Andrei Mandelshtam

UC Irvine

Thursday, December 3, 2020 - 3:00pm to 4:00pm

Zoom: https://uci.zoom.us/j/95483608618

In the ring $\mathbb{Q}[x]$ of polynomials with coefficients in the rational numbers, it is interesting to consider the subring of all integer-valued polynomials, i.e. polynomial $p(x)$ such that $p(n)$ is an integer for every integer $n$. This ring is known as the most natural and simple example of a non-Noetherian ring. One may wonder whether this is not just the set of all polynomials with integer coefficients. However, e.g. the polynomial $(x^2+x)/2$ is integer-valued. It turns out that this ring consists of exactly the polynomials with integer coefficients in the basis of binomial coefficients $\binom{x}{n}$. Motivated by the characterization of symmetric monoidal functors between Deligne categories, we examine the set $R_{+}(x)$ of polynomials which have nonnegative integer coefficients in this basis. More precisely, we study the set of values of these polynomials at a fixed number $\alpha$. It turns out that this set has a fascinating algebraic structure, explicitly determined by the $p$-adic roots of the minimal polynomial of $\alpha$, which we will fully describe in this talk. This work is joint with Daniil Kalinov, MIT.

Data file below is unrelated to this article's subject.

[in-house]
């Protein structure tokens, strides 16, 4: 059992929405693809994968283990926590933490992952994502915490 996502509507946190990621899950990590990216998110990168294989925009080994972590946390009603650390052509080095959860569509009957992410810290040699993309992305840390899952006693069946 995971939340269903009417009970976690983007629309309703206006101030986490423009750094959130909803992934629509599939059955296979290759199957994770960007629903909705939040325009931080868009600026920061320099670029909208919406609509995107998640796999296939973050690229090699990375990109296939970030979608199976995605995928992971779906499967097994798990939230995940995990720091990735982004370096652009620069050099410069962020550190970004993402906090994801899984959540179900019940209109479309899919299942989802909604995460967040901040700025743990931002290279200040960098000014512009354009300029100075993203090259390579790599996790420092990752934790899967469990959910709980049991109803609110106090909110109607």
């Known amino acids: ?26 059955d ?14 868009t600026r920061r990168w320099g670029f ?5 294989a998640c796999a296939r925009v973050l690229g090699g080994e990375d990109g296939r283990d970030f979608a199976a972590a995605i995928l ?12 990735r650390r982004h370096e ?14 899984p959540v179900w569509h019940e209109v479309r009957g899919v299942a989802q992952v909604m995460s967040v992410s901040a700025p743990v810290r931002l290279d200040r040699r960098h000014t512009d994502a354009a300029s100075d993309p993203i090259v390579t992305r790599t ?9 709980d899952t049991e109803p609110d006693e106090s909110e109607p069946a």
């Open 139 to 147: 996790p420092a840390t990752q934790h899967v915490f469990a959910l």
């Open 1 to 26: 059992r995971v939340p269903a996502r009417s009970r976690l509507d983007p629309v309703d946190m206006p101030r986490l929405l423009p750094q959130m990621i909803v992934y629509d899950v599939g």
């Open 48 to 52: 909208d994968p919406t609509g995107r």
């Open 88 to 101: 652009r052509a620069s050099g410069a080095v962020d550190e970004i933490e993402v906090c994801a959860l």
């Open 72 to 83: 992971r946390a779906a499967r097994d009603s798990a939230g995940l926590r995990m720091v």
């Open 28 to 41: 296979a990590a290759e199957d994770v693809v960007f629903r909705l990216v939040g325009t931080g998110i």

Nathan Kaplan

UC Irvine

Thursday, November 12, 2020 - 3:00pm to 3:50pm

Zoom: https://uci.zoom.us/j/95313409309

We will discuss distributions on finite abelian p-groups that arise from taking cokernels of families of random p-adic matrices. We will explain the motivation for studying these distributions and will highlight several open questions.